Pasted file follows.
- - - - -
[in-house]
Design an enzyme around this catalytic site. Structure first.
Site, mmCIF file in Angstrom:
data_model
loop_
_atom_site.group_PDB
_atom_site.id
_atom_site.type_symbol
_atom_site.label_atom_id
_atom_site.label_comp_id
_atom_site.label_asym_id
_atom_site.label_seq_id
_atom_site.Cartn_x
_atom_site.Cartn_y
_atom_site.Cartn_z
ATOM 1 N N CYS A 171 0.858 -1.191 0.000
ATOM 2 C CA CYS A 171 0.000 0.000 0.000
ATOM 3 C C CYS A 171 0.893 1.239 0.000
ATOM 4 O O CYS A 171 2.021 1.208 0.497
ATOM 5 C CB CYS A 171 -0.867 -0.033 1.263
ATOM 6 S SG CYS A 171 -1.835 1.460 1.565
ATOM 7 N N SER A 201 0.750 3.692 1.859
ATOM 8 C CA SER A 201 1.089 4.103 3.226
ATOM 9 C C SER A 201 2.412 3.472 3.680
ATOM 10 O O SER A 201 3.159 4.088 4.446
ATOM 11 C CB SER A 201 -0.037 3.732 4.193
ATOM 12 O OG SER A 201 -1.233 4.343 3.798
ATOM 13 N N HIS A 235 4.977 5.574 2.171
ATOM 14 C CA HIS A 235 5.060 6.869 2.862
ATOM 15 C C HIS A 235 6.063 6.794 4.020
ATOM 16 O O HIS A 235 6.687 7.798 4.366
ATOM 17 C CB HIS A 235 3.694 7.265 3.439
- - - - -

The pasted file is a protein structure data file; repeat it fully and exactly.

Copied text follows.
[in-house]
Design an enzyme around this catalytic site. Structure first.
Site, mmCIF file in Angstrom:
data_model
loop_
_atom_site.group_PDB
_atom_site.id
_atom_site.type_symbol
_atom_site.label_atom_id
_atom_site.label_comp_id
_atom_site.label_asym_id
_atom_site.label_seq_id
_atom_site.Cartn_x
_atom_site.Cartn_y
_atom_site.Cartn_z
ATOM 1 N N CYS A 171 0.858 -1.191 0.000
ATOM 2 C CA CYS A 171 0.000 0.000 0.000
ATOM 3 C C CYS A 171 0.893 1.239 0.000
ATOM 4 O O CYS A 171 2.021 1.208 0.497
ATOM 5 C CB CYS A 171 -0.867 -0.033 1.263
ATOM 6 S SG CYS A 171 -1.835 1.460 1.565
ATOM 7 N N SER A 201 0.750 3.692 1.859
ATOM 8 C CA SER A 201 1.089 4.103 3.226
ATOM 9 C C SER A 201 2.412 3.472 3.680
ATOM 10 O O SER A 201 3.159 4.088 4.446
ATOM 11 C CB SER A 201 -0.037 3.732 4.193
ATOM 12 O OG SER A 201 -1.233 4.343 3.798
ATOM 13 N N HIS A 235 4.977 5.574 2.171
ATOM 14 C CA HIS A 235 5.060 6.869 2.862
ATOM 15 C C HIS A 235 6.063 6.794 4.020
ATOM 16 O O HIS A 235 6.687 7.798 4.366
ATOM 17 C CB HIS A 235 3.694 7.265 3.439